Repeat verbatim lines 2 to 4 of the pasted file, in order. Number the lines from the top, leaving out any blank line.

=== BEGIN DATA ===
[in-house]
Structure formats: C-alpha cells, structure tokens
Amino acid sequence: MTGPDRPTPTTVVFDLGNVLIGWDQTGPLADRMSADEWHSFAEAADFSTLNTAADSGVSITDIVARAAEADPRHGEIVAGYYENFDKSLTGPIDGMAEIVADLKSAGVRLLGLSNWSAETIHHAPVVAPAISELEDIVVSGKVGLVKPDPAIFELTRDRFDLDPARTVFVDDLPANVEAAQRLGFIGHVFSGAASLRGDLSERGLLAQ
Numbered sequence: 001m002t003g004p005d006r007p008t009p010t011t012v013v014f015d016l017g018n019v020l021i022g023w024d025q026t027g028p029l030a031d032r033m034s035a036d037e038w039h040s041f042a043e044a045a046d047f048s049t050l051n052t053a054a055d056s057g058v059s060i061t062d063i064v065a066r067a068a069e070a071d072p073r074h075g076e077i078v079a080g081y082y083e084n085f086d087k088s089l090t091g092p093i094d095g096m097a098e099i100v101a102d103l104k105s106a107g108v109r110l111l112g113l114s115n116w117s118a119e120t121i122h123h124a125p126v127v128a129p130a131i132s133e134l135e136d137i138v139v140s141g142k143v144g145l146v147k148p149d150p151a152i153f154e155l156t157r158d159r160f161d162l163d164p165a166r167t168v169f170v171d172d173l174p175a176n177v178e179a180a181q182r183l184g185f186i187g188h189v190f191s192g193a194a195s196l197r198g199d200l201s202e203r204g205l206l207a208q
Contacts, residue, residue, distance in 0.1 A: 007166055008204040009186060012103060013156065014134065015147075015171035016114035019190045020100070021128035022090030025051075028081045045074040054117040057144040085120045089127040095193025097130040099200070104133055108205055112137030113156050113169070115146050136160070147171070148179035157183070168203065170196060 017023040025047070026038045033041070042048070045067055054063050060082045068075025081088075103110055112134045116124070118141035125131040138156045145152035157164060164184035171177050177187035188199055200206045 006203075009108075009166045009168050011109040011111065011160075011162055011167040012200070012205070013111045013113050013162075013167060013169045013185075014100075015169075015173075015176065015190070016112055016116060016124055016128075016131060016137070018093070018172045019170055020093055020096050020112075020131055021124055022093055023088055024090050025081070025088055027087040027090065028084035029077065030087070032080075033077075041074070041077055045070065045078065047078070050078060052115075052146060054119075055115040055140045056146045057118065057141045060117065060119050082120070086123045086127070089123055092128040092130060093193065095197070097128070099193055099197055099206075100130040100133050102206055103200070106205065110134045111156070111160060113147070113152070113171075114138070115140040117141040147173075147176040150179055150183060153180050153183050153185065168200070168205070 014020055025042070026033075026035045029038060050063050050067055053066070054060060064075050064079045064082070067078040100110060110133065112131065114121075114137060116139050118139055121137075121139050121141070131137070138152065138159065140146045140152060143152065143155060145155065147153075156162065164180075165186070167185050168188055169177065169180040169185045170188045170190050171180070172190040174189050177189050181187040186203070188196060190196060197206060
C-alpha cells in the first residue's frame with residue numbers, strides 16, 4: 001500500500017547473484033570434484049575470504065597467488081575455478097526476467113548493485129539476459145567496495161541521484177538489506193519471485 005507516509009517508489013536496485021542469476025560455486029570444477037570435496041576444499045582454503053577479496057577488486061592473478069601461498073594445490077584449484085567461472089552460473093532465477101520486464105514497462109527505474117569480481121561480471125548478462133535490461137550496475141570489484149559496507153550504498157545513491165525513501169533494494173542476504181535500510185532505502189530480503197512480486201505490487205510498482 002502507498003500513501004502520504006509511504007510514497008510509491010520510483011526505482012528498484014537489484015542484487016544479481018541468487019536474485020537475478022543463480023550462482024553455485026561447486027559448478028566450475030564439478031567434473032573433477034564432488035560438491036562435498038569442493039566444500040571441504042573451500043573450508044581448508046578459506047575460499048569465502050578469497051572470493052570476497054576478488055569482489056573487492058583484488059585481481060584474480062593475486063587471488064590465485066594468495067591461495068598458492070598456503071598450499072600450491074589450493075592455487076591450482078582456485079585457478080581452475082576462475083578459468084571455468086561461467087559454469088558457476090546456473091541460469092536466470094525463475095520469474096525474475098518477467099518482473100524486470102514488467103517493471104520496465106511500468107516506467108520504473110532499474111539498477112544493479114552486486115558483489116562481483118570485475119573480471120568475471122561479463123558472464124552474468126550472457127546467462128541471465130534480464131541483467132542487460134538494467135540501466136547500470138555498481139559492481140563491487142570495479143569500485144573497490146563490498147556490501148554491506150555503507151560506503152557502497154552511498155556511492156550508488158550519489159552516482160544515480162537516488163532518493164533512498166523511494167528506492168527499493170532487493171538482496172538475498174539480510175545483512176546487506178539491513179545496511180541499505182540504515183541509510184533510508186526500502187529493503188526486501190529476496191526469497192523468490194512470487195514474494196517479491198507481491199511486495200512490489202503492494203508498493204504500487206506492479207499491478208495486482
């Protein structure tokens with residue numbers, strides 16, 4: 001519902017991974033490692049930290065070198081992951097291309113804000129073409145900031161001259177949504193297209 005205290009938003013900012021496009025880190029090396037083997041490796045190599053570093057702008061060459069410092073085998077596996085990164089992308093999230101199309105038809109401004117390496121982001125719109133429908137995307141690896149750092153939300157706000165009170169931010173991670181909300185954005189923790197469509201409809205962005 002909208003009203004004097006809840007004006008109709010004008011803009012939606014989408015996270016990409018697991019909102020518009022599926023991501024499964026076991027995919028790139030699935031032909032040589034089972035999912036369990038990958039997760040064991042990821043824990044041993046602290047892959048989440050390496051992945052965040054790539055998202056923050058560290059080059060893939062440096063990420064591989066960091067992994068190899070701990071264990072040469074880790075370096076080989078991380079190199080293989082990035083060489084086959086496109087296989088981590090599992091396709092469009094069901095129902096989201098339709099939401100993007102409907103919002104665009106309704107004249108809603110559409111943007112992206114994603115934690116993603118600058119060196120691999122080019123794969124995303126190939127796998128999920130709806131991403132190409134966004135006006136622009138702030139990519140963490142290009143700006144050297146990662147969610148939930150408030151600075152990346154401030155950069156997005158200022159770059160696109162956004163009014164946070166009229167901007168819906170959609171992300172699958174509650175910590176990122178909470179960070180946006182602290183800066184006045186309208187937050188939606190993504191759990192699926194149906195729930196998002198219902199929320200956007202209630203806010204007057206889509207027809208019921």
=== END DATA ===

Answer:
Structure formats: C-alpha cells, structure tokens
Amino acid sequence: MTGPDRPTPTTVVFDLGNVLIGWDQTGPLADRMSADEWHSFAEAADFSTLNTAADSGVSITDIVARAAEADPRHGEIVAGYYENFDKSLTGPIDGMAEIVADLKSAGVRLLGLSNWSAETIHHAPVVAPAISELEDIVVSGKVGLVKPDPAIFELTRDRFDLDPARTVFVDDLPANVEAAQRLGFIGHVFSGAASLRGDLSERGLLAQ
Numbered sequence: 001m002t003g004p005d006r007p008t009p010t011t012v013v014f015d016l017g018n019v020l021i022g023w024d025q026t027g028p029l030a031d032r033m034s035a036d037e038w039h040s041f042a043e044a045a046d047f048s049t050l051n052t053a054a055d056s057g058v059s060i061t062d063i064v065a066r067a068a069e070a071d072p073r074h075g076e077i078v079a080g081y082y083e084n085f086d087k088s089l090t091g092p093i094d095g096m097a098e099i100v101a102d103l104k105s106a107g108v109r110l111l112g113l114s115n116w117s118a119e120t121i122h123h124a125p126v127v128a129p130a131i132s133e134l135e136d137i138v139v140s141g142k143v144g145l146v147k148p149d150p151a152i153f154e155l156t157r158d159r160f161d162l163d164p165a166r167t168v169f170v171d172d173l174p175a176n177v178e179a180a181q182r183l184g185f186i187g188h189v190f191s192g193a194a195s196l197r198g199d200l201s202e203r204g205l206l207a208q